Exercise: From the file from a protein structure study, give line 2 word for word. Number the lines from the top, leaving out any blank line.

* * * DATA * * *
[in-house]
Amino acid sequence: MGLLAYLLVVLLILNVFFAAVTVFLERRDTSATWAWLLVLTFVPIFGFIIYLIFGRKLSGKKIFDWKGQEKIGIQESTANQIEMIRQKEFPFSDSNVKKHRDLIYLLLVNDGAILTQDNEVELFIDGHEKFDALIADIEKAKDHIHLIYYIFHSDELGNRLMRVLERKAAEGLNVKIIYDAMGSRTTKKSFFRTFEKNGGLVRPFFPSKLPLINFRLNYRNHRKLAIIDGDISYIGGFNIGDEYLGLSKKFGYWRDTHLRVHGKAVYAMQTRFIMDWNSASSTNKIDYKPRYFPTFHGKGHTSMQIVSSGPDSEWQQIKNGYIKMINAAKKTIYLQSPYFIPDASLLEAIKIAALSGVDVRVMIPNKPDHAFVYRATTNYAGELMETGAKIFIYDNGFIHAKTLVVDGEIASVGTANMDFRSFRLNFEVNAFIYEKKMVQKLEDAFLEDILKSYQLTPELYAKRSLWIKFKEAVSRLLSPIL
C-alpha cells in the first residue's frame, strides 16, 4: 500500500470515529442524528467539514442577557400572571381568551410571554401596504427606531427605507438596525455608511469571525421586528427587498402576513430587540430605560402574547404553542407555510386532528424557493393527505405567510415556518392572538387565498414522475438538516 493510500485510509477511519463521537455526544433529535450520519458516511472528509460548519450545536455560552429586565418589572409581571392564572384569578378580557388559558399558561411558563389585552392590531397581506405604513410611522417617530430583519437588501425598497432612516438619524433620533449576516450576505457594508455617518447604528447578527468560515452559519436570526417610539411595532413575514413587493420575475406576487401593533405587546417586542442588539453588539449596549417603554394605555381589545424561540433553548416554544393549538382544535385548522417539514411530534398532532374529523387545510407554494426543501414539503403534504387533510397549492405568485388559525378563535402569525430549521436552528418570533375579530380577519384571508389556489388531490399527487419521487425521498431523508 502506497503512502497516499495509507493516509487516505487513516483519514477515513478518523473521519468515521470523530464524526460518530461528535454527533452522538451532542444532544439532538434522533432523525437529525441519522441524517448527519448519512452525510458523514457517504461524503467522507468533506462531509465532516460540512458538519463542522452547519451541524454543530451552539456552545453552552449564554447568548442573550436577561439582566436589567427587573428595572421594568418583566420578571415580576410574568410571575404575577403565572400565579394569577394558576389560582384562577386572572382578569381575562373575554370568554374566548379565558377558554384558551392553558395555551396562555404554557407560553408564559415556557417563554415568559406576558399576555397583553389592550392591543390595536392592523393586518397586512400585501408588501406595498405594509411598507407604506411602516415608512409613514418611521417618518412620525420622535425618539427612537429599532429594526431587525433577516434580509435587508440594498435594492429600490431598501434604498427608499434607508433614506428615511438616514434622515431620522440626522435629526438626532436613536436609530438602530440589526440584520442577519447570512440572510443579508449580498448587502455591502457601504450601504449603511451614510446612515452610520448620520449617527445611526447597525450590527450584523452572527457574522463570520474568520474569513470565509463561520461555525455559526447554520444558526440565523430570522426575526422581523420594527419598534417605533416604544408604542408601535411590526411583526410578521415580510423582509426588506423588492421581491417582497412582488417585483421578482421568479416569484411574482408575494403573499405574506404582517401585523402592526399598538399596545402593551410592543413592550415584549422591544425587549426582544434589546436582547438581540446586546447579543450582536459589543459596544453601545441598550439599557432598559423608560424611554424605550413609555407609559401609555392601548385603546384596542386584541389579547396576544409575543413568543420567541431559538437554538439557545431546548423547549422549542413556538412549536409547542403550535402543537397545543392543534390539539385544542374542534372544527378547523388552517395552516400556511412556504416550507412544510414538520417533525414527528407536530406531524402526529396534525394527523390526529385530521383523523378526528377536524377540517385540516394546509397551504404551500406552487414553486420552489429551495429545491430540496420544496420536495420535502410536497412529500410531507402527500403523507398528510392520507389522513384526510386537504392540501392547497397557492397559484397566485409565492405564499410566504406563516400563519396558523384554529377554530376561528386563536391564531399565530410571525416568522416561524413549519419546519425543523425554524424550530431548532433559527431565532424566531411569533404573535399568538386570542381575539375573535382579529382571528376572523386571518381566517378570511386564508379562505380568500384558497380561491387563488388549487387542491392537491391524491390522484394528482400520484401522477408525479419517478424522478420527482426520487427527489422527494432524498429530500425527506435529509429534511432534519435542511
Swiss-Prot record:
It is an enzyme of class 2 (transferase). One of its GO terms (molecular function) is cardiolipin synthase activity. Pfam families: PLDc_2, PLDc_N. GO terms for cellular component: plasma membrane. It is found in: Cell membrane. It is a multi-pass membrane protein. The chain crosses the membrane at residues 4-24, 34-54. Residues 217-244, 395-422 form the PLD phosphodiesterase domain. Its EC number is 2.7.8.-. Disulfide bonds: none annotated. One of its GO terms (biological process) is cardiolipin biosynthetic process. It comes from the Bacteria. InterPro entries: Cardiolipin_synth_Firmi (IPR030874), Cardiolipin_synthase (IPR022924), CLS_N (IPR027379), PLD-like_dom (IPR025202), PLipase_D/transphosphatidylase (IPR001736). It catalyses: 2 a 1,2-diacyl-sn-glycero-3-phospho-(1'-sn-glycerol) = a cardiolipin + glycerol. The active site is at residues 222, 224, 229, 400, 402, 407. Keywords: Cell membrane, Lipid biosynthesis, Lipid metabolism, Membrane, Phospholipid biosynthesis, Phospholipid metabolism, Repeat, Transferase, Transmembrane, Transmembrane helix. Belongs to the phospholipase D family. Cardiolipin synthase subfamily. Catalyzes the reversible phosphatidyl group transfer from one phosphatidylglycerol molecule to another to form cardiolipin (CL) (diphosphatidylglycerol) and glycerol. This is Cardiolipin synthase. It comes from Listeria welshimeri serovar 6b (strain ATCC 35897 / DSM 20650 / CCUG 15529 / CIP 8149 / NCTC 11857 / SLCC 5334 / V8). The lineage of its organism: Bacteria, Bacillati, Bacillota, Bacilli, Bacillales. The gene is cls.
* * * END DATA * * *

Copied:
Amino acid sequence: MGLLAYLLVVLLILNVFFAAVTVFLERRDTSATWAWLLVLTFVPIFGFIIYLIFGRKLSGKKIFDWKGQEKIGIQESTANQIEMIRQKEFPFSDSNVKKHRDLIYLLLVNDGAILTQDNEVELFIDGHEKFDALIADIEKAKDHIHLIYYIFHSDELGNRLMRVLERKAAEGLNVKIIYDAMGSRTTKKSFFRTFEKNGGLVRPFFPSKLPLINFRLNYRNHRKLAIIDGDISYIGGFNIGDEYLGLSKKFGYWRDTHLRVHGKAVYAMQTRFIMDWNSASSTNKIDYKPRYFPTFHGKGHTSMQIVSSGPDSEWQQIKNGYIKMINAAKKTIYLQSPYFIPDASLLEAIKIAALSGVDVRVMIPNKPDHAFVYRATTNYAGELMETGAKIFIYDNGFIHAKTLVVDGEIASVGTANMDFRSFRLNFEVNAFIYEKKMVQKLEDAFLEDILKSYQLTPELYAKRSLWIKFKEAVSRLLSPIL